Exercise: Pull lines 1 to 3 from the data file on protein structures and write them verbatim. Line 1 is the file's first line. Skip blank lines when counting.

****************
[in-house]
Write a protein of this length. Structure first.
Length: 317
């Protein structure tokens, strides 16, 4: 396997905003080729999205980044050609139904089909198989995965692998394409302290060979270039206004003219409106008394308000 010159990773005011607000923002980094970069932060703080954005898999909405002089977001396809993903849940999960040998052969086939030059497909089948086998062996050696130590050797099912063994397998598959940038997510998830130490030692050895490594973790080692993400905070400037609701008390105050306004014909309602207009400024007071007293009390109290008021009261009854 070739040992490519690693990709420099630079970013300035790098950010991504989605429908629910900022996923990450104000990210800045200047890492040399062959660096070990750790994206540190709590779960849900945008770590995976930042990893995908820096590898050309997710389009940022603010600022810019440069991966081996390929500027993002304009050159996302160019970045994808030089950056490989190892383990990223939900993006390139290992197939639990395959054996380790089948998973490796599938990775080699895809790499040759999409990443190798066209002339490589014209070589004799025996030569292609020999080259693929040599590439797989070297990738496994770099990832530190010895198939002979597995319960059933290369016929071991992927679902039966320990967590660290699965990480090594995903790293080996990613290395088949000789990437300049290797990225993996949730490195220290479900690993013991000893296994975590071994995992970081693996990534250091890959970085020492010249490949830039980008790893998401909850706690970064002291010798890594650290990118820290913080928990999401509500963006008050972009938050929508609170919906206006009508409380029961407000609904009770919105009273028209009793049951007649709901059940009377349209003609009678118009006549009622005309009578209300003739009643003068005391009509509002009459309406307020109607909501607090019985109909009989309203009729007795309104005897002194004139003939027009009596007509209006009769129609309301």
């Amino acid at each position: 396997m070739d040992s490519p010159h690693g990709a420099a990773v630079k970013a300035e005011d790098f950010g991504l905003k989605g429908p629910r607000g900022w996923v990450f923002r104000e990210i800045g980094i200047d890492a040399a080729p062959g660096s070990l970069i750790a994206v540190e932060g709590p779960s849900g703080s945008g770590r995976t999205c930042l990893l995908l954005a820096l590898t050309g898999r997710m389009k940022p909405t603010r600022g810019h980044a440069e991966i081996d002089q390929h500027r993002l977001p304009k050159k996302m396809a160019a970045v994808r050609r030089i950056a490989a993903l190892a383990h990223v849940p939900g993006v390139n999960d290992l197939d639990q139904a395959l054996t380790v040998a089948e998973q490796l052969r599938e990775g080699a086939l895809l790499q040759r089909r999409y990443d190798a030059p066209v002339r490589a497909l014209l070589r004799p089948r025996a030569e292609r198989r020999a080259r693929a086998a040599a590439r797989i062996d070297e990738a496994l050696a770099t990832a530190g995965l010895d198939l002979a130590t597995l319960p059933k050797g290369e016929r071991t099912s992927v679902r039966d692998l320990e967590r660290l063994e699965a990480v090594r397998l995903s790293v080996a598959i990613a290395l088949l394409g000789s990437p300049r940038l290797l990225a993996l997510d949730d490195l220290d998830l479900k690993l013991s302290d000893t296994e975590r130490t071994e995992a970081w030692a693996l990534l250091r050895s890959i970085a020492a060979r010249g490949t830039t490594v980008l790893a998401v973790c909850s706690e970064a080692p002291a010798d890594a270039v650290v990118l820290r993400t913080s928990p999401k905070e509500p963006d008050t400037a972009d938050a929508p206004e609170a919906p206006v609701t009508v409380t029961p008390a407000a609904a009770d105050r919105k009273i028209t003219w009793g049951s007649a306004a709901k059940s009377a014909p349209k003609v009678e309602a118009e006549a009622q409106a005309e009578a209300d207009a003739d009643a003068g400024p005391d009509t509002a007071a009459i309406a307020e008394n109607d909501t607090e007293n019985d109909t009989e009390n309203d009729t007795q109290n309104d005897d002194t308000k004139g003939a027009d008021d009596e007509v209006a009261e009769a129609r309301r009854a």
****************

[in-house]
Write a protein of this length. Structure first.
Length: 317